The Treasury has predicted 800,000 savers will contribute to Lifetime ISAs [LISAs] by 2020/21, according to an impact assessment published today.
A quarter of this figure - 200,000 - is expected to save into LISAs in 2017/18 after the scheme is launched next April. The Treasury said the larger predicted take-up by 2021 would be partly due to the Help to Buy ISA closing to new applicants at the end of 2019.
For his part, Intelligent Pensions head of pathways Andrew Pennie (pictured) suggested the take-up figures could be even higher, but also said people were "deluded" if they thought they could use a LISA to save for both their first home and their retirement.
He said: "Given the number of people struggling to buy their first home and the many thousands who will already be saving to try and do so, I would have thought the forecast take-up figures are relatively conservative and will be at the low end.
"People using a LISA to save for their first home and their retirement are likely to be deluding themselves, however. Once they save enough to buy the home of their dreams, the likelihood is the LISA will be fully encashed, leaving an empty pension fund and the need to start retirement savings from scratch and over a much shorter period."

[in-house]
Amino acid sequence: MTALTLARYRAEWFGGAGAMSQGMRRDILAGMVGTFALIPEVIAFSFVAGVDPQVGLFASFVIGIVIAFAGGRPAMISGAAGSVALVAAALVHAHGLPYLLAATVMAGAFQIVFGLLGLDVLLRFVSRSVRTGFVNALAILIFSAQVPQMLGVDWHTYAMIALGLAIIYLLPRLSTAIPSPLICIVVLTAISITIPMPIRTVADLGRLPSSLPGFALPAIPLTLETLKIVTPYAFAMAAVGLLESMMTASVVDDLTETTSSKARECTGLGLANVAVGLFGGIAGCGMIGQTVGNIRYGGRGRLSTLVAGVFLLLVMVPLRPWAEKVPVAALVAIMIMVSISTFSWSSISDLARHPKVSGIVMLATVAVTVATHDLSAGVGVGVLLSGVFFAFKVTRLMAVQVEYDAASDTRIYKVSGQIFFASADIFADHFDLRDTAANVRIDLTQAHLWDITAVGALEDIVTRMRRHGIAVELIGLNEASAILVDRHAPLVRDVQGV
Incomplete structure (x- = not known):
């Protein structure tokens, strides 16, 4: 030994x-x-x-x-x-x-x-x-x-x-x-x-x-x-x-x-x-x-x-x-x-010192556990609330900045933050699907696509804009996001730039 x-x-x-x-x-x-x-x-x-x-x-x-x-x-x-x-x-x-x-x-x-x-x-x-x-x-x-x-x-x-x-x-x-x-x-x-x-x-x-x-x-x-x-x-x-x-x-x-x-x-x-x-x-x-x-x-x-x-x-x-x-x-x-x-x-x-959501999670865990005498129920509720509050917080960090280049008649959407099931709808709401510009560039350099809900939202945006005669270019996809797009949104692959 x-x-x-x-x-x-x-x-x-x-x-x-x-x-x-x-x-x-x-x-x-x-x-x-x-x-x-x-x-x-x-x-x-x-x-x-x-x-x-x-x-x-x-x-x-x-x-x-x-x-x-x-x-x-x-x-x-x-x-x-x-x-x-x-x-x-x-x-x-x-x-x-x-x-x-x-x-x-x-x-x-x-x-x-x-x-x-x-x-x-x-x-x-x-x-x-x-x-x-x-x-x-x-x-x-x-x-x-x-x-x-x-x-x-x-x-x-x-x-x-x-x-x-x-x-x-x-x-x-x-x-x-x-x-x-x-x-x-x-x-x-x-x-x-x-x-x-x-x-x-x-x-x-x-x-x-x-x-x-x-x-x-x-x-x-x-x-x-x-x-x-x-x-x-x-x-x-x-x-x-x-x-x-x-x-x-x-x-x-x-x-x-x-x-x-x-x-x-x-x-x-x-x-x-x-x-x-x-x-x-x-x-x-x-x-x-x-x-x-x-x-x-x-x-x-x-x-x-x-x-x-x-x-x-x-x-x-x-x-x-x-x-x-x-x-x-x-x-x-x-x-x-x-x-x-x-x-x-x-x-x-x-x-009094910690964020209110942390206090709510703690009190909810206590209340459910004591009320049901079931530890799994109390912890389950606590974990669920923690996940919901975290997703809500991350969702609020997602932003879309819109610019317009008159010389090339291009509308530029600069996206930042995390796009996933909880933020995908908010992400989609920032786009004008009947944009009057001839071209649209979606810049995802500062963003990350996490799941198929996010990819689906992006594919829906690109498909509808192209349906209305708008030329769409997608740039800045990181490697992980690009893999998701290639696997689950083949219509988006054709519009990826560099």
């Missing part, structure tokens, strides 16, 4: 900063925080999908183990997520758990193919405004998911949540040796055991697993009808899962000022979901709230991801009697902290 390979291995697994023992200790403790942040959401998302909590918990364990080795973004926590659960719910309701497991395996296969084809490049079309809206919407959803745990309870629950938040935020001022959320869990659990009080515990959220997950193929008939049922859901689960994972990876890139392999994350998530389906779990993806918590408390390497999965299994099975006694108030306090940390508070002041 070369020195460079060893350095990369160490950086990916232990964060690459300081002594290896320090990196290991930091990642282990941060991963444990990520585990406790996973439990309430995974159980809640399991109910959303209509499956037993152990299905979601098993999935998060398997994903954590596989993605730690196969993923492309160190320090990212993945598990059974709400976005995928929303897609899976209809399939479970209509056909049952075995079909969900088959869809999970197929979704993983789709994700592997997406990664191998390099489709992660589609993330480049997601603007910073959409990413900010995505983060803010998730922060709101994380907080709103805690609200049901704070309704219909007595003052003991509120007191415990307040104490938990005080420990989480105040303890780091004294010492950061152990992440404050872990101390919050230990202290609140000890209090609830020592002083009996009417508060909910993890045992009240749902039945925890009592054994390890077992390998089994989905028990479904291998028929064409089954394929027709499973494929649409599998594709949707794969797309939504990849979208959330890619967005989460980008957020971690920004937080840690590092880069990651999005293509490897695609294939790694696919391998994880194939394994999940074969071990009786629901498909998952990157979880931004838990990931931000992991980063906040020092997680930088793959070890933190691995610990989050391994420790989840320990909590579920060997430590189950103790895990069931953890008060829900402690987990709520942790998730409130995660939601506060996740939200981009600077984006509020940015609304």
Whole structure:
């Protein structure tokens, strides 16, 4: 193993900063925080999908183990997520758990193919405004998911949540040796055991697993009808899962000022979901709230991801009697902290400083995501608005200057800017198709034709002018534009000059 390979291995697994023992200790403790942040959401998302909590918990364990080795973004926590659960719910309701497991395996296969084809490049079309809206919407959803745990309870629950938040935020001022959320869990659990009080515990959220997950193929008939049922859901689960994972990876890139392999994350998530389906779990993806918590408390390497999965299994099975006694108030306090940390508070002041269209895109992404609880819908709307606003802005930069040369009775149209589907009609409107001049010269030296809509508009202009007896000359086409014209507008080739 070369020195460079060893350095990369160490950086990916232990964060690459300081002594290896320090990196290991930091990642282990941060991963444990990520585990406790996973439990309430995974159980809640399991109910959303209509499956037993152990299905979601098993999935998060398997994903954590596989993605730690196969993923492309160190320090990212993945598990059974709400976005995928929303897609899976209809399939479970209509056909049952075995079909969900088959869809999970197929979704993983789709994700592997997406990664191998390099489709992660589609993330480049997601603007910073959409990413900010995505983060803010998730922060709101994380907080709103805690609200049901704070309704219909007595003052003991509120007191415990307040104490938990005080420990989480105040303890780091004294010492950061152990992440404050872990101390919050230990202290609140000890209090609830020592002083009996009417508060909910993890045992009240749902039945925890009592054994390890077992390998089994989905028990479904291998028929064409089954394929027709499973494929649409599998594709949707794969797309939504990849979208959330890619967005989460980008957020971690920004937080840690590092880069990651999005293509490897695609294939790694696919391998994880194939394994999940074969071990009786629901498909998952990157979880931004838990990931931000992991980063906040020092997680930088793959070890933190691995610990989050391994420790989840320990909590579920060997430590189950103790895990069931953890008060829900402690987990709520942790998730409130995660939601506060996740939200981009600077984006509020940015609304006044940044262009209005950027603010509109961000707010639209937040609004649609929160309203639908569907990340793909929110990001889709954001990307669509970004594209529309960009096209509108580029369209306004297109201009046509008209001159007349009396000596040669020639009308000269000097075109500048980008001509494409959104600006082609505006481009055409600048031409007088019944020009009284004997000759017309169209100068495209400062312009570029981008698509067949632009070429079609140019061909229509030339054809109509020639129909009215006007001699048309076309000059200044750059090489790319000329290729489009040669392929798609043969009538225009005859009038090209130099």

Pennie added: "Due to the magic of compound returns the best years of pension savings will have been lost."
In its assessment report, the Treasury outlined how it expected the average LISA saver would put away £3,500 per year - just £500 short of the scheme's annual limit.
Last year, however, the Money Advice Service found 21 million adults - or four in 10 - have less than £500 in savings. Another study, this time by Investec Wealth & Management, found nine out of 10 millennials - those aged between 18 and 35 - blame their failure to save on the high costs of living.
In September, the Treasury confirmed LISA bonuses would be paid monthly rather than annually, as was originally planned. The change was made to prevent savers being penalised unfairly by the 25% early withdrawal charge, removing a "major design flaw", according to Aegon pensions director Steve Cameron.
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